Kelly is currently Senior Maverick at WIRED magazine. He helped launch WIRED in 1993, and served as its executive editor until January 1999. During Kelly’s tenure as editor at WIRED, the magazine won two National Magazine Awards (the industry’s equivalent of two Oscars). He is also currently editor and publisher of the Cool Tools website, which gets 1 million visitors per month. From 1984-1990, Kelly was publisher and editor of the Whole Earth Review, a journal of unorthodox technical news. He co-founded the ongoing Hackers’ Conference and was involved with the launch of the WELL, a pioneering online service started in 1985. He authored the best-selling “New Rules for the New Economy” (Penguin Books, 1999) and the classic book on decentralized emergent systems, “Out of Control” (Basic Books, 1995), called “required reading for all executives” by Fortune. In addition, he writes for prominent publications including The New York Times, The Wall Street Journal, The Economist, Time, Harpers, Science, GQ, and Esquire. Earlier in life, Kelly was a photographer in remote parts of Asia (instead of going to college), publishing his photographs in national magazines and recently in the photo art bookAsia Grace” (Taschen, 2002).

Speech Topics

Embrace the Inevitable & Steer the Future of Technology

Much of what will happen in the next 30 years is inevitable, driven by technological trends which are already in motion, says Kevin Kelly. The coming technology will indeed transform our work and our lives – but not for the worse. Kelly examines 12 big technological forces that will shape our future. In an expansive talk that looks out over the next 30 years, he both describes these deep trends – flowing, screening, accessing, sharing, filtering, remixing, tracking and questioning – and demonstrates how they overlap and are codependent on one another. These larger forces will completely revolutionize the way we buy, work, learn and communicate with each other. Some of what is coming may seem scary, like cheap artificial intelligence, ubiquitous tracking or robots replacing humans. Other innovations seem more desirable, such as an on-demand economy and virtual reality in the home. Kelly shows how these diverse disruptions in our lives in the near future can be understood as inevitable results of a few long-term trends. By understanding the larger inevitable trends, it’s easier for us to arrange our day to day relationships with technology in a way that brings forth maximum benefits. Embracing the inevitable is the best way we can remain on top of the coming wave of changes.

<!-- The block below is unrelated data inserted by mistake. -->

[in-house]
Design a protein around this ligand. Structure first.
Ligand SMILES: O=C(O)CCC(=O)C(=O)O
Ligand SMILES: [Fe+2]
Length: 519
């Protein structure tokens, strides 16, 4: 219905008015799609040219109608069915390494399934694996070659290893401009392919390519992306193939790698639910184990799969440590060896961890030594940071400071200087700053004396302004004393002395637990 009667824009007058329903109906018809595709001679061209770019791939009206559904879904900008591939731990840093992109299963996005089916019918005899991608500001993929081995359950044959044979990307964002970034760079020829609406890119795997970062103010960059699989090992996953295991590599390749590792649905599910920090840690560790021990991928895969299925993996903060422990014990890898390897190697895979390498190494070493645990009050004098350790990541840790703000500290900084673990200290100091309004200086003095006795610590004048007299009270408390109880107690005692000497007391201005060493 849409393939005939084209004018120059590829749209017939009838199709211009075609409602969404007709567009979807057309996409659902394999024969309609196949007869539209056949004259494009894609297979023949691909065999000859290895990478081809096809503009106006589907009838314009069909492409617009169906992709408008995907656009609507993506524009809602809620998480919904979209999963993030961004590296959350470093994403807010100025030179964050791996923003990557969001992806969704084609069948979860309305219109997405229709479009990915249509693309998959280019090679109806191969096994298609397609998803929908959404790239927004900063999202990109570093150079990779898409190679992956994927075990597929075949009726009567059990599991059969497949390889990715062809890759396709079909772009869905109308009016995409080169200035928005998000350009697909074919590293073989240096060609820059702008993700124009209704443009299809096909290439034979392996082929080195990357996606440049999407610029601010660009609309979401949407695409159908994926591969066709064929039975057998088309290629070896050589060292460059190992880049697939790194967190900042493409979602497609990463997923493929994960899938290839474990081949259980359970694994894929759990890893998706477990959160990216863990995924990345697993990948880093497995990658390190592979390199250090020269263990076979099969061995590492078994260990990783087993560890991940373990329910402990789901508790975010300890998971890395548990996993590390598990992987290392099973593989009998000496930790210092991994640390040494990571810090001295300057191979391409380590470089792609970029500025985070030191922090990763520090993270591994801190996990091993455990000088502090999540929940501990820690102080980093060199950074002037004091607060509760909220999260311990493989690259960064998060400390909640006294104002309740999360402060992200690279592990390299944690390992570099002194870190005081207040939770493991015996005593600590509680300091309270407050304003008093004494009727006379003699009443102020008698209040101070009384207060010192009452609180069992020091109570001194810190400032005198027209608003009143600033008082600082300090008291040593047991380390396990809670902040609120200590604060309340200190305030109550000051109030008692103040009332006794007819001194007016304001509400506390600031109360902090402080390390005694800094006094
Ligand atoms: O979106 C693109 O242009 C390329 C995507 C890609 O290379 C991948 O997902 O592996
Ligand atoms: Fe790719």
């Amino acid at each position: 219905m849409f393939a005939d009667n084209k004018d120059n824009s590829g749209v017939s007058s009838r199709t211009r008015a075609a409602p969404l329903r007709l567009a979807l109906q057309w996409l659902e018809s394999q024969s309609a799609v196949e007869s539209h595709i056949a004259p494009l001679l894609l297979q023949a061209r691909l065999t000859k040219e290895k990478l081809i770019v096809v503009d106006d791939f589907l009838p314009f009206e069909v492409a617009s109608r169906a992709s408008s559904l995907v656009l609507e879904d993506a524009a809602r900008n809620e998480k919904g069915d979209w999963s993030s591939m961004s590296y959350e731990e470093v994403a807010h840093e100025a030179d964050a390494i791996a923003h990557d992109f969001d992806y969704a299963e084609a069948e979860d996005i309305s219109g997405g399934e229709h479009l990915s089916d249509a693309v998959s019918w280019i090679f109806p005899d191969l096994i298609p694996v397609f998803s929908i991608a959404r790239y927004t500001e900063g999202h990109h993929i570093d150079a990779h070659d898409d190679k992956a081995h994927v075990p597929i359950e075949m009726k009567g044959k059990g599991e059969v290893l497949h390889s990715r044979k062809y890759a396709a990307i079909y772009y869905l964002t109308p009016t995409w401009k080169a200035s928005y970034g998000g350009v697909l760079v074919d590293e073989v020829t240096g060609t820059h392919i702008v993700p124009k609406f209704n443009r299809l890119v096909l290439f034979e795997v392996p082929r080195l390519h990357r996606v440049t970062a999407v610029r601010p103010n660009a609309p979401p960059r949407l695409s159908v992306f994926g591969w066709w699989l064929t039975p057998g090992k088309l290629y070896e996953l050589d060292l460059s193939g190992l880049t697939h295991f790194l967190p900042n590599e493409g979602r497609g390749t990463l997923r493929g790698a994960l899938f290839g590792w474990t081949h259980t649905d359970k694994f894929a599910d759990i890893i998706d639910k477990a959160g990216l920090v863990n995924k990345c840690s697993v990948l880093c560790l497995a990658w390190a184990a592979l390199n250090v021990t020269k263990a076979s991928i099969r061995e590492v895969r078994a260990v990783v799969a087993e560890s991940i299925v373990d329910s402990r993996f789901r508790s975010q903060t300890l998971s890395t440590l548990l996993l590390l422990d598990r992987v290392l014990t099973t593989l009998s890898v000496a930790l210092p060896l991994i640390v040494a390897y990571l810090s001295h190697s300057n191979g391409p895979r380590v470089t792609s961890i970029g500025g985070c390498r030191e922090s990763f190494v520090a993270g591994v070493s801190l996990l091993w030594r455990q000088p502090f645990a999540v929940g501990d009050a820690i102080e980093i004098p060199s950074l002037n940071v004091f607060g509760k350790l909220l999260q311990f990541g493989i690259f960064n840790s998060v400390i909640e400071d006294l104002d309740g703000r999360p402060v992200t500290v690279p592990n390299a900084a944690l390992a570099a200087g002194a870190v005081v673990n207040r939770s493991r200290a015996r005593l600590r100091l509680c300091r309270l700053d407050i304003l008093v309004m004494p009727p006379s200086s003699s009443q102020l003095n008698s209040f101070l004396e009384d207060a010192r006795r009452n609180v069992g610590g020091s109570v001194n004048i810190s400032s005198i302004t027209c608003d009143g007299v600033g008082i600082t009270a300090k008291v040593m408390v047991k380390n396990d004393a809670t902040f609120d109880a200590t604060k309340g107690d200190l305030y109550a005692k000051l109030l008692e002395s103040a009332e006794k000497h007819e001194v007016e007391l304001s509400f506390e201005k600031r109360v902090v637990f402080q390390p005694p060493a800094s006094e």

The Technium

What comes after the Internet? What is bigger than the web? What will produce more wealth than all the startups to date? The answer is a planetary super-organism comprised of 4 billion mobile phones, 80 quintillion transistor chips, a million miles of fiber optic cables, and 6 billion human minds all wired together. The whole thing acts like a single organism, with its own behavior and character – but at a scale we have little experience with. This is more than just a metaphor. In this presentation, Kevin takes the idea of a global super-organism seriously by describing what we know about it so far, how it is growing, where its boundaries are, and what it will mean for us as individuals and collectively. Both the smallest one-person enterprises today, and the largest mega-corporations on Earth, will have to learn to how this Technium operates, and how to exploit it.

Current Technologies of Disruption

Progress is uneven. We can count on most things getting better incrementally, but some inventions are disruptive, causing discontinuities in society and business. Think ink-jet printing, online auctions, digital cameras. During these disruptions, incumbents are overturned, and outsiders take center stage to become the main event. In many of the examples of past, the disruptive technologies were initially dismissed as marginal toys, too niche, unprofitable, or broken. And they were. But their revolutionary benefits made them worth investing in and improving. Kevin outlines 10 current technologies of disruption, now in their infancy, on their way to overturn entire industries.

The Quantitative Self